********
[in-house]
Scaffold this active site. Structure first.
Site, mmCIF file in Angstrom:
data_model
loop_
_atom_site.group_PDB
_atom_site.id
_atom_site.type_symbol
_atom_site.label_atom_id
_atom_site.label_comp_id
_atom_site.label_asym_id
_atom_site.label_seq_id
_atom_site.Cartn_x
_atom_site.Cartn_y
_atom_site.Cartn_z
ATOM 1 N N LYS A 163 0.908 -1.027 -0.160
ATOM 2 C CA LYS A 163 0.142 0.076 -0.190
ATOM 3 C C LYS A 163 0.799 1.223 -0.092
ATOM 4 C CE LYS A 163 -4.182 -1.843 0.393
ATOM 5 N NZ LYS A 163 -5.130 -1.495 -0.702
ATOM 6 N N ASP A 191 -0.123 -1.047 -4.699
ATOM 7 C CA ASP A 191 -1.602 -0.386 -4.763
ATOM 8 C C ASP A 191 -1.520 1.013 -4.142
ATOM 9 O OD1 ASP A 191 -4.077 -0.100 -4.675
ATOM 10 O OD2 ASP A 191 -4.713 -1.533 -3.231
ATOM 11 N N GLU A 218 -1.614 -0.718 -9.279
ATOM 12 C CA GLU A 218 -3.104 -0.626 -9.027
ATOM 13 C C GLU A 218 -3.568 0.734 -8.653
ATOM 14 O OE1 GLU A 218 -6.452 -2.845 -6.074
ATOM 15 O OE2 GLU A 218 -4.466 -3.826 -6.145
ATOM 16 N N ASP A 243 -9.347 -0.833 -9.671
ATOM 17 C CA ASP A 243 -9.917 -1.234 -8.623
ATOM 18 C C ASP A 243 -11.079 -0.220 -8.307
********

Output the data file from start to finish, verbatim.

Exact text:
[in-house]
Scaffold this active site. Structure first.
Site, mmCIF file in Angstrom:
data_model
loop_
_atom_site.group_PDB
_atom_site.id
_atom_site.type_symbol
_atom_site.label_atom_id
_atom_site.label_comp_id
_atom_site.label_asym_id
_atom_site.label_seq_id
_atom_site.Cartn_x
_atom_site.Cartn_y
_atom_site.Cartn_z
ATOM 1 N N LYS A 163 0.908 -1.027 -0.160
ATOM 2 C CA LYS A 163 0.142 0.076 -0.190
ATOM 3 C C LYS A 163 0.799 1.223 -0.092
ATOM 4 C CE LYS A 163 -4.182 -1.843 0.393
ATOM 5 N NZ LYS A 163 -5.130 -1.495 -0.702
ATOM 6 N N ASP A 191 -0.123 -1.047 -4.699
ATOM 7 C CA ASP A 191 -1.602 -0.386 -4.763
ATOM 8 C C ASP A 191 -1.520 1.013 -4.142
ATOM 9 O OD1 ASP A 191 -4.077 -0.100 -4.675
ATOM 10 O OD2 ASP A 191 -4.713 -1.533 -3.231
ATOM 11 N N GLU A 218 -1.614 -0.718 -9.279
ATOM 12 C CA GLU A 218 -3.104 -0.626 -9.027
ATOM 13 C C GLU A 218 -3.568 0.734 -8.653
ATOM 14 O OE1 GLU A 218 -6.452 -2.845 -6.074
ATOM 15 O OE2 GLU A 218 -4.466 -3.826 -6.145
ATOM 16 N N ASP A 243 -9.347 -0.833 -9.671
ATOM 17 C CA ASP A 243 -9.917 -1.234 -8.623
ATOM 18 C C ASP A 243 -11.079 -0.220 -8.307